Earlier this year, and not unlike any other time during any other year, the investment bankers on Wall Street had their way with retail investors.
The means? Facebook's
Not to belabor the point, as I trust many of you know the story, but it's alleged, and convincingly so, that investment bankers rigged the process to essentially guarantee that ordinary investors like you and me would lose our shirts.
And -- surprise, surprise -- we have. Since going public two months ago, shares in the social-networking giant have lost nearly a quarter of their value.
Wall Street's mea culpa
Now, I'm not saying this is all Wall Street's fault, as the investment bankers haven't taken up arms to pilfer our pockets yet. But I am saying that some of it unquestionably is.
While ordinary investors admittedly choose to invest in imprudent things like Facebook's IPO, they should nevertheless be able to do so in a market that doesn't predetermine their failure. In this regard, it's important to remember that our equity markets aren't a craps table in Las Vegas; they're a means to allocate capital for the largest and most powerful economy in the world.
For this reason, the second-quarter earnings of the major investment banks -- not to mention the jobs bloodbath in lower Manhattan -- could easily be interpreted as an unwitting mea culpa for the industry.
Corporate collateral damage
On the corporate level, the brunt of the immediate damage from Facebook's debased IPO was felt by companies such as Knight Capital Group
According to the company's chairman and CEO, Thomas Joyce: "Losses resulting from the trading of the Facebook IPO had a direct EPS impact of minus $0.23 [$26 million in total] in the second quarter and it severely degraded the profitability of market making, while swinging institutional sales and trading to a loss." He went on to note that the company is "evaluating all legal rights and remedies in connection with the Facebook IP." In case you're wondering, he identified Nasdaq as the singular target of his ire.
Yet, as I mentioned above, in addition to Nasdaq's mishandling of Facebook's listing, the real culprits are the investment banks that both underwrote and allegedly rigged Facebook's offering and listing: Morgan Stanley, JPMorgan Chase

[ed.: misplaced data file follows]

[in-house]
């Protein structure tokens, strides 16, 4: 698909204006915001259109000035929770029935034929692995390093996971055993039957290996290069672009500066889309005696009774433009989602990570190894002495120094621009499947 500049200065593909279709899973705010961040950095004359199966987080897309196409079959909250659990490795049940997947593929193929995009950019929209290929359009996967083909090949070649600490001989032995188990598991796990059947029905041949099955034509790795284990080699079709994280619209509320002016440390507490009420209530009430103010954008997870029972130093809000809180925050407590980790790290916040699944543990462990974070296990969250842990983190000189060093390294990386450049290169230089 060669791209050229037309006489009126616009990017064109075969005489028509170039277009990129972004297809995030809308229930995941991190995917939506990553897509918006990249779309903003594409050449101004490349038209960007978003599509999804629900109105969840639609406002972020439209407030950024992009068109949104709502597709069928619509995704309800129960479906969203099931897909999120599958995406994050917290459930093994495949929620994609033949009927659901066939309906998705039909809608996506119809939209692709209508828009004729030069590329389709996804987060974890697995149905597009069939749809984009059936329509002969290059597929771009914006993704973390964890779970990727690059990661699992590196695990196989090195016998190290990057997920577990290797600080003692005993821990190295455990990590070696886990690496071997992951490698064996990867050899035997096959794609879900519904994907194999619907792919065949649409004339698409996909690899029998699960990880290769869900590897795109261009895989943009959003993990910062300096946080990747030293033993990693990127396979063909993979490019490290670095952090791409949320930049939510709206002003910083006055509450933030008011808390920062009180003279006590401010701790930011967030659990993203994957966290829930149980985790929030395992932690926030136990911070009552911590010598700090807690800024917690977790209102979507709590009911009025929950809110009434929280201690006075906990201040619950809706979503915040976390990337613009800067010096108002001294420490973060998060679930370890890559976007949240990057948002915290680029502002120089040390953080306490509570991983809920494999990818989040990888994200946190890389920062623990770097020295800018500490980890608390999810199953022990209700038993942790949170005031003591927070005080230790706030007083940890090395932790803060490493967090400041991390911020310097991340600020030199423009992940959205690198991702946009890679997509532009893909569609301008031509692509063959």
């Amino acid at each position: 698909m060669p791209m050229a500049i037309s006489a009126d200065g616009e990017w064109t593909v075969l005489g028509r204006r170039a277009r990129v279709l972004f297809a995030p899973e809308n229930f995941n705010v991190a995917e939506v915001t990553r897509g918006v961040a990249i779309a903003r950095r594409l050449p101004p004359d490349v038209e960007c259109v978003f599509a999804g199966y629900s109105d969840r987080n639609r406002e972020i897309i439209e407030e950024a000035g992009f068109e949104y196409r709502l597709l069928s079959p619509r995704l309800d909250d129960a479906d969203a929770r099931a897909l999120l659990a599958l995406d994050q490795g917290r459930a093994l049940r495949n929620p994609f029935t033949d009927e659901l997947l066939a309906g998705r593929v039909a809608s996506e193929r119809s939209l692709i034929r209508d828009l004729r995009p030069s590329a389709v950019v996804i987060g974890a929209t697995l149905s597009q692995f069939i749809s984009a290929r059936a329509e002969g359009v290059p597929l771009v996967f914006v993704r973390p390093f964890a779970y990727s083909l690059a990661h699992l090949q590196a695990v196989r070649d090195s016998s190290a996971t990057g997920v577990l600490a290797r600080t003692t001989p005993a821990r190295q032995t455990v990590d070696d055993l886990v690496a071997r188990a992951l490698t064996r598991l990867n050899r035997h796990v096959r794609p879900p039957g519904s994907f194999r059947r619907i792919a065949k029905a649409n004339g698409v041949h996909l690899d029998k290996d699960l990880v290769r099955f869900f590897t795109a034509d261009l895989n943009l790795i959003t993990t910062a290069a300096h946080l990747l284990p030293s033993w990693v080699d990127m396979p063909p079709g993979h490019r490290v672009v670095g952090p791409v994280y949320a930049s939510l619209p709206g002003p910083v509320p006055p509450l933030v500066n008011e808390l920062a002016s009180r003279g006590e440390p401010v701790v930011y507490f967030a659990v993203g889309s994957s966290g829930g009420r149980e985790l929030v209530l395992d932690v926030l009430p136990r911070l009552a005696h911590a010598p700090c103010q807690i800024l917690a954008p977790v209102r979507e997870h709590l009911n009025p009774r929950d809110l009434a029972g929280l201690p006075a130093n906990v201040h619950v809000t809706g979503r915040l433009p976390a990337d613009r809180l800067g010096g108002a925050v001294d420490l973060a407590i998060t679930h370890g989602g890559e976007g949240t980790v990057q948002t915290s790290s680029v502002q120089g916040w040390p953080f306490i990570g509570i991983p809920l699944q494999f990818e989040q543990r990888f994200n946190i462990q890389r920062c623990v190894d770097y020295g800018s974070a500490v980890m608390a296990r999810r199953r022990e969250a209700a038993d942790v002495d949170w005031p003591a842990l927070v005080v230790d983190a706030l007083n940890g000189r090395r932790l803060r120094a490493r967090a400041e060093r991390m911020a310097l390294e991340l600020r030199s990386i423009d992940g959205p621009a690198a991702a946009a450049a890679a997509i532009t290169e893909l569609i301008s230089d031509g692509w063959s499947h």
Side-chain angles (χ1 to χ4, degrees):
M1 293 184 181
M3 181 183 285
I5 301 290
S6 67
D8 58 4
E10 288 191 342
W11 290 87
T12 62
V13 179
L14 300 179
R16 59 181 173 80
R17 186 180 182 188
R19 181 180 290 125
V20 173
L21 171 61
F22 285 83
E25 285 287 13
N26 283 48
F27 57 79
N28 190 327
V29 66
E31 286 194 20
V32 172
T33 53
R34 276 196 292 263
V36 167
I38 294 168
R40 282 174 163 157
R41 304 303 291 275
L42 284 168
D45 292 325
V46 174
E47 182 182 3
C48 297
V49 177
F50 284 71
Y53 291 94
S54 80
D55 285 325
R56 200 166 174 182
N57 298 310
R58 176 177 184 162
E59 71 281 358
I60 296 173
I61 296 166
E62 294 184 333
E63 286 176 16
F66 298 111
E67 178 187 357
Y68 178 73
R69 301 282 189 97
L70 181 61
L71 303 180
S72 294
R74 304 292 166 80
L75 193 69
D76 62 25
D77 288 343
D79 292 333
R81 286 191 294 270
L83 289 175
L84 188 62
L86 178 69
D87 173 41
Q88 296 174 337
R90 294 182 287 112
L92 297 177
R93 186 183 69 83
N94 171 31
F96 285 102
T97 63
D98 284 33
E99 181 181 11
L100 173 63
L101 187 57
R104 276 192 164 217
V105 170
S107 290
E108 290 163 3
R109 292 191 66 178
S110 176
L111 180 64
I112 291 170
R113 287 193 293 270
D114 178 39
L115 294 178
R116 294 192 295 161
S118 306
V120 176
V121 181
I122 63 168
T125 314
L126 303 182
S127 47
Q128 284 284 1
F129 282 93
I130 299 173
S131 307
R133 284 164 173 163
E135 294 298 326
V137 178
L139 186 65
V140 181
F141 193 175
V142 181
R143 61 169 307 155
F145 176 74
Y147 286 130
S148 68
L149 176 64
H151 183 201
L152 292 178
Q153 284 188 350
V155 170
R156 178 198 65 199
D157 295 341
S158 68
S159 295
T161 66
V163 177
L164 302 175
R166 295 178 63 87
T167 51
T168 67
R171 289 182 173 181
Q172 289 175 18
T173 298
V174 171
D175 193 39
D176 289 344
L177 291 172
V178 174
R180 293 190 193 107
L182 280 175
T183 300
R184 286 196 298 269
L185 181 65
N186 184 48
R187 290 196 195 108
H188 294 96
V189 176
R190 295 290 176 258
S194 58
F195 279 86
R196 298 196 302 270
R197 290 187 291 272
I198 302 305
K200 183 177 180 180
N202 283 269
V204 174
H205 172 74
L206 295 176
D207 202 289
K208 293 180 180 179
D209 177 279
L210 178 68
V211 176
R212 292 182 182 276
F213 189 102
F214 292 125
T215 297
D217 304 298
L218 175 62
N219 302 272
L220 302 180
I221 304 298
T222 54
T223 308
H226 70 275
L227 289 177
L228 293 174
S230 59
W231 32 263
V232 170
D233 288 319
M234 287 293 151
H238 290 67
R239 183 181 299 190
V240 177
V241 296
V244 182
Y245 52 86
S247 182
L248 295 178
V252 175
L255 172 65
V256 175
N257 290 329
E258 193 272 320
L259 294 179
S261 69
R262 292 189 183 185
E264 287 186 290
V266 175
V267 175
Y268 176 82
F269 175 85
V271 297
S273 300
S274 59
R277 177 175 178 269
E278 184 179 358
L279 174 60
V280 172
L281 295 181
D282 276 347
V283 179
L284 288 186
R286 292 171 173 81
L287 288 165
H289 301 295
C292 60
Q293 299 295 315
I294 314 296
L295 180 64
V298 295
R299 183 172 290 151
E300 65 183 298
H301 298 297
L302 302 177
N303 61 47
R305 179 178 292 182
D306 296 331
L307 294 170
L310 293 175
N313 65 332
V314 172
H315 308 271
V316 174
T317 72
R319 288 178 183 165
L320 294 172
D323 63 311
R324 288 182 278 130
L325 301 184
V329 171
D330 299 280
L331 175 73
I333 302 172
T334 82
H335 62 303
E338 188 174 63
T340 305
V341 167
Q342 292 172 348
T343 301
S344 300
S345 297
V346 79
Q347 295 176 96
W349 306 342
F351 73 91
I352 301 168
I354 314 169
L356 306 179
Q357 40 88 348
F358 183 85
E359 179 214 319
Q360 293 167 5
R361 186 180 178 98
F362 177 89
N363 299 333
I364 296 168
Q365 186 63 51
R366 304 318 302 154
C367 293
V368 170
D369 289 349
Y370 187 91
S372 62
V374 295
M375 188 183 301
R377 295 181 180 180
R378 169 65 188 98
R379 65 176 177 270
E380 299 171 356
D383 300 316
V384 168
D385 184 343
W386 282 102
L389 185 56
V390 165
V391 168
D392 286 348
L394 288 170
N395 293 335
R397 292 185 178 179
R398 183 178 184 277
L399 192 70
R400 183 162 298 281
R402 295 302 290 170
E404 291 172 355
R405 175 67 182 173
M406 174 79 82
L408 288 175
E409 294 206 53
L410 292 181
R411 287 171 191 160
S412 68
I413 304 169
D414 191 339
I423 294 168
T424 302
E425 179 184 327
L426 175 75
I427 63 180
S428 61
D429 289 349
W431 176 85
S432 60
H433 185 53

It seemed like a good idea at the time ...
With the benefit of hindsight, and the last few weeks of quarterly earnings, we now know that Wall Street's attempt to make a quick profit from Facebook's IPO has backfired.
Over the following months, the IPO market withered away. Between 2004 and 2011, there was an average of 18 IPOs each June. This year there were only eight, amounting to the worst June since the Internet bubble burst -- outside the financial crisis, that is.
And with the IPOs went the lucrative investment-banking fees -- nearly $1 billion worth, if last year's results from the five major equity underwriters are any indication. In the second quarter of this year, every single major Wall Street bank saw revenues from equity underwriting plummet, with JPMorgan Chase, Bank of America
2Q 2011 Equity Underwriting Revenue (Millions)
2Q 2012 Equity Underwriting Revenue (Millions)
|Bank of America||$422||$192||55%|
Source: Quarterly financial supplements.
While the banks -- not to mention the press -- have laid the blame for this at Europe's feet, the reality is that it's Wall Street's to own. They made this bed by creating, at the very least, an appearance of impropriety with their handling of the most anticipated IPO in a decade. And they must now sleep in it.
Looking beyond Wall Street and IPOs
In testimony before the Senate Banking Committee, my colleague Ilan Moscovitz intimated that as they are currently set up, IPOs simply aren't appropriate investment vehicles for the ordinary investor. Are they exciting? Yes. Are they cool to talk about? Certainly. But will they make you any money? Probably not.
To make real money in the market, you need to act like a long-term, risk-averse investor who's simply trying to get fabulously rich. Think Warren Buffett, not your overly exuberant day-trading neighbor who lives in fear that his wife will uncover his losses.
Instead of Facebook, the type of stocks that will help you accomplish this goal are those identified in our free report: "The Stocks Only the Smartest Investors Are Buying." Because this report may not be available much longer, I urge you to download a free copy instantly.
Fool contributor John Maxfield owns shares of Bank of America. The Motley Fool owns shares of Bank of America, Facebook, JP Morgan Chase, and Citigroup. Motley Fool newsletter services have recommended buying shares of Goldman Sachs Group. We Fools don't all hold the same opinions, but we all believe that considering a diverse range of insights makes us better investors. Try any of our Foolish newsletter services free for 30 days. The Motley Fool has a disclosure policy.